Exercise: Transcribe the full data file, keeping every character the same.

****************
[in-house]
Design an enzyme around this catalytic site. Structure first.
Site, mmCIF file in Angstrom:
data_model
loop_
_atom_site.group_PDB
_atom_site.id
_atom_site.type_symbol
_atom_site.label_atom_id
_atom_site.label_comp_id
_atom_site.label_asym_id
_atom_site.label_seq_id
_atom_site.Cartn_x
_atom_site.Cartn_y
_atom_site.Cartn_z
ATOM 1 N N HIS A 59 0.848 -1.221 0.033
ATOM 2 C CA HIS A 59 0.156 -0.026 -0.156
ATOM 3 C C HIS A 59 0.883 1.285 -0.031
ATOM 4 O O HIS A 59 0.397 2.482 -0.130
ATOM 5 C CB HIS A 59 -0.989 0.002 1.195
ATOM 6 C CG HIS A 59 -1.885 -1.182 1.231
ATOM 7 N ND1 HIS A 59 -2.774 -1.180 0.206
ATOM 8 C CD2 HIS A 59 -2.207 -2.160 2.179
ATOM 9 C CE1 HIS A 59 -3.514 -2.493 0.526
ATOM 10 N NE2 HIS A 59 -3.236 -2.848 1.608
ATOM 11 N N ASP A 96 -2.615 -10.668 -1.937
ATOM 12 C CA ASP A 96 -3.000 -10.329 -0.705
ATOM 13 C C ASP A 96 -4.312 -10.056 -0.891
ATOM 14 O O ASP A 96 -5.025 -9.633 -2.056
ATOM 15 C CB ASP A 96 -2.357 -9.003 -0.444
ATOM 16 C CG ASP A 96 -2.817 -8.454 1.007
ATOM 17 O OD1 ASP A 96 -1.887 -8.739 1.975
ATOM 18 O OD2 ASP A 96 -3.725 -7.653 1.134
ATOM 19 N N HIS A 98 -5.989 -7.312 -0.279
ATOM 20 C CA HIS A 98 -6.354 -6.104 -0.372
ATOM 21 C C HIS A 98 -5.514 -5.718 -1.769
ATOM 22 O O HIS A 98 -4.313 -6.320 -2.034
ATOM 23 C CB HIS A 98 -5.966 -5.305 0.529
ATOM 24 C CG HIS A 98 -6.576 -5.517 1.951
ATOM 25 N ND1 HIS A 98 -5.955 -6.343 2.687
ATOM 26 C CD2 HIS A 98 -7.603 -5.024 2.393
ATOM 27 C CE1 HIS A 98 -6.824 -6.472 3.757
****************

[in-house]
Design an enzyme around this catalytic site. Structure first.
Site, mmCIF file in Angstrom:
data_model
loop_
_atom_site.group_PDB
_atom_site.id
_atom_site.type_symbol
_atom_site.label_atom_id
_atom_site.label_comp_id
_atom_site.label_asym_id
_atom_site.label_seq_id
_atom_site.Cartn_x
_atom_site.Cartn_y
_atom_site.Cartn_z
ATOM 1 N N HIS A 59 0.848 -1.221 0.033
ATOM 2 C CA HIS A 59 0.156 -0.026 -0.156
ATOM 3 C C HIS A 59 0.883 1.285 -0.031
ATOM 4 O O HIS A 59 0.397 2.482 -0.130
ATOM 5 C CB HIS A 59 -0.989 0.002 1.195
ATOM 6 C CG HIS A 59 -1.885 -1.182 1.231
ATOM 7 N ND1 HIS A 59 -2.774 -1.180 0.206
ATOM 8 C CD2 HIS A 59 -2.207 -2.160 2.179
ATOM 9 C CE1 HIS A 59 -3.514 -2.493 0.526
ATOM 10 N NE2 HIS A 59 -3.236 -2.848 1.608
ATOM 11 N N ASP A 96 -2.615 -10.668 -1.937
ATOM 12 C CA ASP A 96 -3.000 -10.329 -0.705
ATOM 13 C C ASP A 96 -4.312 -10.056 -0.891
ATOM 14 O O ASP A 96 -5.025 -9.633 -2.056
ATOM 15 C CB ASP A 96 -2.357 -9.003 -0.444
ATOM 16 C CG ASP A 96 -2.817 -8.454 1.007
ATOM 17 O OD1 ASP A 96 -1.887 -8.739 1.975
ATOM 18 O OD2 ASP A 96 -3.725 -7.653 1.134
ATOM 19 N N HIS A 98 -5.989 -7.312 -0.279
ATOM 20 C CA HIS A 98 -6.354 -6.104 -0.372
ATOM 21 C C HIS A 98 -5.514 -5.718 -1.769
ATOM 22 O O HIS A 98 -4.313 -6.320 -2.034
ATOM 23 C CB HIS A 98 -5.966 -5.305 0.529
ATOM 24 C CG HIS A 98 -6.576 -5.517 1.951
ATOM 25 N ND1 HIS A 98 -5.955 -6.343 2.687
ATOM 26 C CD2 HIS A 98 -7.603 -5.024 2.393
ATOM 27 C CE1 HIS A 98 -6.824 -6.472 3.757